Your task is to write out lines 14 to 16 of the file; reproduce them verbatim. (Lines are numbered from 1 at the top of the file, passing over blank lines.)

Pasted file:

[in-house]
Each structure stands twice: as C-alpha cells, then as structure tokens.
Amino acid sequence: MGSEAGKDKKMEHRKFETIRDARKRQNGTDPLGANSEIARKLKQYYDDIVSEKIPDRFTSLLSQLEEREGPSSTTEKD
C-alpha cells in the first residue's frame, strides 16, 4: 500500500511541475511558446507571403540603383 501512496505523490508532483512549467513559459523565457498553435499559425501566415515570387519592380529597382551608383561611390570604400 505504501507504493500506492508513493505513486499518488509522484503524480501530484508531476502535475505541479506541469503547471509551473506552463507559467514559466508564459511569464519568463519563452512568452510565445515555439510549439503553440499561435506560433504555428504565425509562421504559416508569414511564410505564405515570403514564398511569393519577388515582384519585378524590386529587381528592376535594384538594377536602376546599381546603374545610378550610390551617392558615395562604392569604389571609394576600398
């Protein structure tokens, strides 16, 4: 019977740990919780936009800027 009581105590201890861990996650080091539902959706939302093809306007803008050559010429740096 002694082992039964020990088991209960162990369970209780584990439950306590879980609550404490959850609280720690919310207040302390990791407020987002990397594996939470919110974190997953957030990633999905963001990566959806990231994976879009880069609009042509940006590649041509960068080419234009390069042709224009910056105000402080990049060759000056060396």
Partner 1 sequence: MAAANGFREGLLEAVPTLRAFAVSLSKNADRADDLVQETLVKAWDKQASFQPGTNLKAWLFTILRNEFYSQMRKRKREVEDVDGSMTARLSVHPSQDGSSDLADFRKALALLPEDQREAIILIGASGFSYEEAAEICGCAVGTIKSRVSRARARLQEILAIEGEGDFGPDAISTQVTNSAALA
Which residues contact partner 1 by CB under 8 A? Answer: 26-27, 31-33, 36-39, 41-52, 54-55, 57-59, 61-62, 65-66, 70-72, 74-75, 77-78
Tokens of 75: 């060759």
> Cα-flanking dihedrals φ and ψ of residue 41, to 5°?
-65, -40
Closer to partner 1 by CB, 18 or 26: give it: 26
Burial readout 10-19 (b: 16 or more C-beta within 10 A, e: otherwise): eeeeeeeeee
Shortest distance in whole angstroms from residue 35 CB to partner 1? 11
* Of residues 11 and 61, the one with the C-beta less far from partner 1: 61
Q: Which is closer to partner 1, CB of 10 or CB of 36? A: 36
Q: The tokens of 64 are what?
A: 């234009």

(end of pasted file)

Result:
* Of residues 11 and 61, the one with the C-beta less far from partner 1: 61
Q: Which is closer to partner 1, CB of 10 or CB of 36? A: 36
Q: The tokens of 64 are what?